BYT: Your act is often about brutal honesty, and can include stuff that some folks might find offensive. But when I hear someone like you or Louis CK use offensive language or talk about people’s use of “bad words” it’s hilarious and seems like an expression of your personality. As opposed to when my idiot friend XXXXXXX [ed: redacted but you know who you are] yells out “Faggot” in a bar, when it’s just embarrassing and hurtful. Can you explain the difference between these instances so I can print it and he’ll cut that shit out?

JR: [Laughs] Well one of them is done for comedy and planned out. Sometimes faggot is the right word. There’s a trend in this country to avoid words: “We can’t say that one anymore it’s offensive.” Interesting thing happened when I filmed my last comedy special. They told me they were going to censor everything when it aired before 1am, but then after 1am they were going to leave everything in–you could say fuck, cunt, all the seven dirty words– except faggot. They were going to beep out faggot. I was so confused. I was talking to this gay guy about it and asked, “What is that? I’m not talking to a human being when I say faggot, I called a dog a faggot.” You know it’s the talking dog in the anti-pot commercials. The bit is about the guy realizing that the first thing his dog has to say is to tell him not to smoke weed. Like, you motherfucker you could talk this whole time? This is your message? So then he has a bunch of messages to his dog like “How about you stop chasing your tail faggot!” Just talking shit to his dog. So this gay guy I was talking to was like “Well you can’t say it. I can say it because I’m gay. But you can’t. It’s our nigger.” He literally said that. I was like, “This is a new thing that the gay people have decided? That’s the gayest thing I’ve ever heard in my life.” You can’t do that. You can’t decide that a word is forbidden now collectively amongst your group of human beings, that the word is a slanderous evil nasty word about homosexuals. It’s not, the word doesn’t mean that. And sometimes it’s a good word to use in comedy. That’s what your friend has to realize when he’s at a bar just yelling out the word.

BYT: Well that’s the thing his argument is similar to yours but not as nuanced. He has plenty of gay friends but he says “Well I’m not talking to them I’m talking to this straight guy who I think is an asshole…”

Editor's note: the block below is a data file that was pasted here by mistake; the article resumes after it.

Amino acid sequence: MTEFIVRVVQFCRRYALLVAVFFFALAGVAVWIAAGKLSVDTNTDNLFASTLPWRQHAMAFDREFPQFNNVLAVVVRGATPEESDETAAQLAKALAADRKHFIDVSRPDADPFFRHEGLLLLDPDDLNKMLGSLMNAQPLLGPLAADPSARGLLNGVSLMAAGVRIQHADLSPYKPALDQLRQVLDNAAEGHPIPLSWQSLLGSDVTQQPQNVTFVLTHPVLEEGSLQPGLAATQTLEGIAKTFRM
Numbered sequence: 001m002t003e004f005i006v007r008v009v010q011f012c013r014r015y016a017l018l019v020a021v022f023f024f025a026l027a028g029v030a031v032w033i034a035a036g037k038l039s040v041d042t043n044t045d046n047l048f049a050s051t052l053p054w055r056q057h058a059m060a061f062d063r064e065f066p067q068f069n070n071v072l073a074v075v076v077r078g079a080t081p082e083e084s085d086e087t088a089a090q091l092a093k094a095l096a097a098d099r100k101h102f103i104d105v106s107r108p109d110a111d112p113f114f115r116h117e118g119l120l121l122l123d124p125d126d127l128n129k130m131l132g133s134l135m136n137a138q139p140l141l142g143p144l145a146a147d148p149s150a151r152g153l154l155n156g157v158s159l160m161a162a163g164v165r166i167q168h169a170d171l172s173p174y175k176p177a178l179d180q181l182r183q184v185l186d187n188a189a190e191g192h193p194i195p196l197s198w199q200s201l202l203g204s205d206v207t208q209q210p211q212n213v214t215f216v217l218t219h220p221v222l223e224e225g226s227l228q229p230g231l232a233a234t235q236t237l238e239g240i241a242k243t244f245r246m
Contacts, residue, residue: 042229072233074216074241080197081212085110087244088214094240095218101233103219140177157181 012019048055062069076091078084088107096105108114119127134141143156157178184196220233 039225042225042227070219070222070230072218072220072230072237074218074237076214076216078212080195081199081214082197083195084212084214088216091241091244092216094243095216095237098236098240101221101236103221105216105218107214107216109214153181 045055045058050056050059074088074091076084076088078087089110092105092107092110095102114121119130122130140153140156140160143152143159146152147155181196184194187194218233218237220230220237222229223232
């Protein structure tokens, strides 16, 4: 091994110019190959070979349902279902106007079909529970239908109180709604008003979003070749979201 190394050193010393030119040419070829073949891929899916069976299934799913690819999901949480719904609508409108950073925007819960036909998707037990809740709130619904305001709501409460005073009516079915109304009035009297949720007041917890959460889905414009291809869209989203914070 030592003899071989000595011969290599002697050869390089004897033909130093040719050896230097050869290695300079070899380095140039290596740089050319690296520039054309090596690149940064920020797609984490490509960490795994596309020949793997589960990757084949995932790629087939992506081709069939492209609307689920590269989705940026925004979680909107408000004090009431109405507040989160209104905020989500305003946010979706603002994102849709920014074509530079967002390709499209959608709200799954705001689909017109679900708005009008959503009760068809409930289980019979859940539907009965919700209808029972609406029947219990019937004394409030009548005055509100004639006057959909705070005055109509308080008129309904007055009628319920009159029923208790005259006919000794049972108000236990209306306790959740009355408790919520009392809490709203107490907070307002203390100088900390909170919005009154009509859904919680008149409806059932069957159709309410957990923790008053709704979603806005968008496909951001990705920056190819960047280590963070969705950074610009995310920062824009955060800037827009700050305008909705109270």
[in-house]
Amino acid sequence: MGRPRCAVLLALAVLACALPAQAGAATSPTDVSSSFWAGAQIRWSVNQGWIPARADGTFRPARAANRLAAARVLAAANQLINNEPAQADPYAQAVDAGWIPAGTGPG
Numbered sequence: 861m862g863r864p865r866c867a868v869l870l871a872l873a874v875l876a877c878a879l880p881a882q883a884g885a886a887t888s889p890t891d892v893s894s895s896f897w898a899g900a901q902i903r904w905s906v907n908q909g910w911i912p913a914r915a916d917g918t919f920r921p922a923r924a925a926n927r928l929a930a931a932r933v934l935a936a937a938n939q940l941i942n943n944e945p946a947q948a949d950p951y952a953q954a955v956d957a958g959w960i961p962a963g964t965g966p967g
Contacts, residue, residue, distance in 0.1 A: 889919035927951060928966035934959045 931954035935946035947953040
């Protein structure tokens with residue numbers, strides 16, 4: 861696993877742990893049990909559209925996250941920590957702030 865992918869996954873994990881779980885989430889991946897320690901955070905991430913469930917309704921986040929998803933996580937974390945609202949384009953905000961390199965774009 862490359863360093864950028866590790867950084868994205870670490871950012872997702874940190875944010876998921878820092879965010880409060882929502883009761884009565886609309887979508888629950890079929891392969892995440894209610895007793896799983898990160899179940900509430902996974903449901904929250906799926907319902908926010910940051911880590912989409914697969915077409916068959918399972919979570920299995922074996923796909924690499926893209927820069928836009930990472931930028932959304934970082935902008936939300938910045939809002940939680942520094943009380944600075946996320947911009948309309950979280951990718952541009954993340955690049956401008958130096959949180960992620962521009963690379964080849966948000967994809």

JR: Faggot never meant “gay” when I was a kid. You kind of knew that you could call a gay person faggot if you were ignorant, but nobody ever called someone a faggot if they were gay. Like if you all were going to go out and one guy’s like “you know what man I’m going to stay home I’m feeling kind of shitty,” you go, “You faggot.” That’s what it means. It’s about a guy wimping out, being a douchebag…it has nothing to do with your sexual orientation. It’s a great word! The whole thing about language is, it’s supposed to be broadcasting your intentions. These are my intentions and these words broadcast my feelings. If all of a sudden you have forbidden words that doesn’t make the intent any better. It’s just appeasing sensitive people.

BYT: I agree that it can be a funny word but when someone says “don’t say that around me because it hurts my feelings” I don’t really know what to say.

JR: Well then you say OK and you don’t say that around them. And then you don’t hang around them either. Because they are a sensitive cunt. There’s no time in life to hang around people who want to argue over the nuances of words we’ve used for hundreds of years. Just shut the fuck up man. You want to talk about the word faggot because it really offends you? Well you’re a douchebag. It’s really that simple. Anyone who gets annoyed by certain words or gets upset and outraged…though the word ‘nigger’ is different since it’s dehumanizing. There’s a a lot of hate and anger behind that word…I don’t think ‘faggot’ has the same connotation to the people who are saying it.